ART & COMMUNITY: Interview with Painter Bill Harris
(Interviewer: Rachel Hicks, Art & Editor for SPACES)
Bill Harris is a painter who began his artistic journey with the hope of becoming a syndicated illustrator. After years of mastering his craft and hundreds of paintings later, he now works primarily in oil paints, but has also developed a reputation for beautiful murals, as well as eye-catching posters and CD covers for businesses and musicians. He was born in Philadelphia, Pennsylvania, but in the mid-90s, moved to Virginia where his passion for art became his profession. Working closely with live models to create intimate narratives, Bill Harris has succeeded in capturing raw emotion through his mastery of color and elaborate compositions. His studio, where he teaches painting, is located in Fredericksburg, Virginia, where he lives with his wife, Karen and three sons Jacob, Sam and Ben.
Rachel: How many years have you’ve been painting?
Bill: In oils, twenty, but before that, it would’ve been watercolors and pen and ink, so you can easily add another ten to that. I’m forty-five, so even as a young kid – I’m an only child – I was always drawing little pictures and cartoons.
Rachel: Were you self-taught?
Bill: Yeah, I actually was an athlete in high school, played football and baseball, but I was also the class artist. I was cartooning for the newspaper and was voted Class Artist. Out of high school, I went to a community college and I was a fine art major. I only did it for a year and then I quit and just got a job. At this point, I was a pen and ink guy. I actually wanted to be a syndicated artist, and for years I was trying to become an artist and that didn’t pan out. Somewhere along the line, a friend of mine’s dad died. and the family asked me if I knew anyone who could paint the guy’s portrait. I said I know I can draw it, so I said I’d try and paint it. I bought paints and did it.
Rachel: And was that oil paint?
Bill: That was the first time I ever painted in oils. They liked it, but I think it was a disaster. But they liked it enough, and for me, it was like, “Well, that is pretty cool.” You saw me teaching: the ironic thing is that I’ve never had an oil painting class in my life. Now, I’ve done it a long time, but I’ve also studied it myself through books and things like that.
Rachel: So you started out in pen and ink. You said you wanted to be a cartoonist?
Bill: Cartoons and comics are distributed through Universal Press Syndicate; Artist Syndicate is another. So you send your strips in and they say, “That’s good” or “That stinks.” Ninety-nine percent of the time, you get a letter back that says, “We aren’t accepting new artists at this time.” Once in a while you’ll get a handwritten thing: “Hey, we like what you’re doing, it doesn’t fit us right now but keep trying.” See, if they like your stuff you need at least 100 more, so they can see the progression. I would send photocopies along with a form letter saying, “What do you think?” Then I started being creative, saying, “I’m trying to wallpaper my apartment in rejection letters. Can you help me out?” It worked and they found it clever. Toward the tail end, I had a roommate and we were 23, 24 years old. What do guys that age do? I was drunk at eight in the morning on a Wednesday, shit-faced, drinking scotch all night and the President of the Syndicate calls me. It was shocking. That just does not happen. I was drunk and couldn’t even talk. Then I realized the gravity of the situation, and it was a disaster. I was crushed. I had a little shot and I blew it. You take things like that and use them.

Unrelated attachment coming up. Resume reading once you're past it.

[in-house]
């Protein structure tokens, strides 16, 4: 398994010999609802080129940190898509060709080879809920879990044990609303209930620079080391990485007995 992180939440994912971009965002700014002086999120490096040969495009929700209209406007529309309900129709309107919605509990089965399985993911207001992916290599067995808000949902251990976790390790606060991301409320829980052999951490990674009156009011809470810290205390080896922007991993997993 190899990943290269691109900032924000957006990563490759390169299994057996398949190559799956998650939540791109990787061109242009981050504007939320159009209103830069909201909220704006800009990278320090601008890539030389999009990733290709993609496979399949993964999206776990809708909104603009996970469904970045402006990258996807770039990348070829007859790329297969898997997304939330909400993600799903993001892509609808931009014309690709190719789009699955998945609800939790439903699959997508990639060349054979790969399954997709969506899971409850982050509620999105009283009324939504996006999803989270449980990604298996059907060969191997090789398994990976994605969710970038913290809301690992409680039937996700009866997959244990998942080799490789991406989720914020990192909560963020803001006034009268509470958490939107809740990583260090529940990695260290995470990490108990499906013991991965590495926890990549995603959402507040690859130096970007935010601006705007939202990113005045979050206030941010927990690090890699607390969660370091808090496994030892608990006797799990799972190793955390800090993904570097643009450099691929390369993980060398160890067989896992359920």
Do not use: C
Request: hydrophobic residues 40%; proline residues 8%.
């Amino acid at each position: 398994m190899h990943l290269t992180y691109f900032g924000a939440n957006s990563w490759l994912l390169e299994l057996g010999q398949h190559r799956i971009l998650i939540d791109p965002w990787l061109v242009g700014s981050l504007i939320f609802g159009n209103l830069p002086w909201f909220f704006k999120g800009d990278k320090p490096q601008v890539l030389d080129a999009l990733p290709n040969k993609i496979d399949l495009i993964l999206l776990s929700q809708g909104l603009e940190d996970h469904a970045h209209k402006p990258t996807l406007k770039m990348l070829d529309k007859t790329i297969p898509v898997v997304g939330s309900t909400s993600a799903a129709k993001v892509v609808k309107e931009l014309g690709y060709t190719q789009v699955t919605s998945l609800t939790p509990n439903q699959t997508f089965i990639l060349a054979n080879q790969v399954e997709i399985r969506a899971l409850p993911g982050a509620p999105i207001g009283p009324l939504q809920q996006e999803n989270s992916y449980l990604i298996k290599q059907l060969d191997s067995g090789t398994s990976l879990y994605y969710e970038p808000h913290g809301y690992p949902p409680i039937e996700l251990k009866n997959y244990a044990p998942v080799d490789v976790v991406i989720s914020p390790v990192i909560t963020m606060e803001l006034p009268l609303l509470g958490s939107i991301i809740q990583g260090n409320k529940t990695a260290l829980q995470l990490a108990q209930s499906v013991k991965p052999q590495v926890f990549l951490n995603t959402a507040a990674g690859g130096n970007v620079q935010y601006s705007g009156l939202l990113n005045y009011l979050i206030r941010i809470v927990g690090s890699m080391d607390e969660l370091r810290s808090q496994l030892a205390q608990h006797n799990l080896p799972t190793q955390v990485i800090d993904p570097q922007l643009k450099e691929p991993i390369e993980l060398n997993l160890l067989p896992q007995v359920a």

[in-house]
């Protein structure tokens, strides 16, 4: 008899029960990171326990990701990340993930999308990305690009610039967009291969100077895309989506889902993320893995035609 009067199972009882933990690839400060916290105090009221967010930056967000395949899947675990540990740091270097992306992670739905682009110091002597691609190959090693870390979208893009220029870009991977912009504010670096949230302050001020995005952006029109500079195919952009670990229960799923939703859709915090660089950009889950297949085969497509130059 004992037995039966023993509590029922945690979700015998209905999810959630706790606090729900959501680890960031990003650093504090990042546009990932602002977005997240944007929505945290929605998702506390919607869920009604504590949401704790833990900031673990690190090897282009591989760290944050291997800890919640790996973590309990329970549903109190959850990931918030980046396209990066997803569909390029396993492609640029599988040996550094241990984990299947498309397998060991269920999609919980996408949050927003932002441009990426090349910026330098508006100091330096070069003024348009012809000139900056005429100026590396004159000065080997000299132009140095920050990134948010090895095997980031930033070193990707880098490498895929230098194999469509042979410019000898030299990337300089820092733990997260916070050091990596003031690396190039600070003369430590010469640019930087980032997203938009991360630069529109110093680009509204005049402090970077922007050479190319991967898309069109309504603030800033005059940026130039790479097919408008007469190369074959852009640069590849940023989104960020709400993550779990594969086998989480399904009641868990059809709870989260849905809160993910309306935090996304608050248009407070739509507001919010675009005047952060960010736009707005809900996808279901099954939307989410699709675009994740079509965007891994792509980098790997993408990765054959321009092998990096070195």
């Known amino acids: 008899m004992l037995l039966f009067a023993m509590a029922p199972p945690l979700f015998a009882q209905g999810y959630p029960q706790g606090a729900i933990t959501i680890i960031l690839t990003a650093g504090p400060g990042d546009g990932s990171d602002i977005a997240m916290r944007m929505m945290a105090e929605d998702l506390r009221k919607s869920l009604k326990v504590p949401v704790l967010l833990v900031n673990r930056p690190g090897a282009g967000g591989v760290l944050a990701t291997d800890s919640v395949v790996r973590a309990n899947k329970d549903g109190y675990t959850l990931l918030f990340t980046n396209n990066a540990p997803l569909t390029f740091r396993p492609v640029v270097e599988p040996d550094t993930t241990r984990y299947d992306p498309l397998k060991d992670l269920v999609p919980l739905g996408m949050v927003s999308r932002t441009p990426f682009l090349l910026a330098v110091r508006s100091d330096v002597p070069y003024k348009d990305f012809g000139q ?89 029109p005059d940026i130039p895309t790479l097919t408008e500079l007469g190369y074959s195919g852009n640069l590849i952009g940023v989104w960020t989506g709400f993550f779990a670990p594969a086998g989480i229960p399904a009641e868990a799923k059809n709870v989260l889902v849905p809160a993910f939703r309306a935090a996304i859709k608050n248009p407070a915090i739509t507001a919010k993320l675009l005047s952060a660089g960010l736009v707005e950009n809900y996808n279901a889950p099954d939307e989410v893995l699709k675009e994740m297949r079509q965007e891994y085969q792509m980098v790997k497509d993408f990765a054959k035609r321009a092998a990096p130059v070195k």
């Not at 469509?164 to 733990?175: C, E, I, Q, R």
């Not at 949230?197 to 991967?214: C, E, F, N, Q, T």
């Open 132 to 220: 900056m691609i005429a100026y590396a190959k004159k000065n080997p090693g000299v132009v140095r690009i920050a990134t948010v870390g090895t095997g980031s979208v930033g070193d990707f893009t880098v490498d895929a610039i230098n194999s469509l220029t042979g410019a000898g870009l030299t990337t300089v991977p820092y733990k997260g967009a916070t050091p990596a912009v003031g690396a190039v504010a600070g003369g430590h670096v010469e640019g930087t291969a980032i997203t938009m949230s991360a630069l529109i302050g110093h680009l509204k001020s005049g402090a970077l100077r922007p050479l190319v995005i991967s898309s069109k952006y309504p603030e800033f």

Rachel: Is there any particular reason or experience where you draw your concepts? A lot of struggling women, glimpses of poverty, and obvious reflections of Fredericksburg: how is your life reflected in your paintings?
Bill: These are ideas that I feel and I have. They could easily be me, but nobody wants to see a painting of me. Take the same emotion and make it a little more pretty. They are all the same—escape, you know? The feeling like I got to get the hell out of here, but make it visually appealing. And Fredericksburg is my sound stage. Like the painting of the girl cutting the other girl’s hair–that could be about change.
Rachel: Are your models locals? How do you choose them?
Bill: I pick the classic girl next door. They might work in local restaurants, local shops. They don’t have a lot, trying to make ends meet, but they are beautiful in their own way.
Rachel: If you could give a bit of advice to an aspiring artist, what would you say? There are a lot of people who don’t think it is realistic to do this for a living. What would you say to them?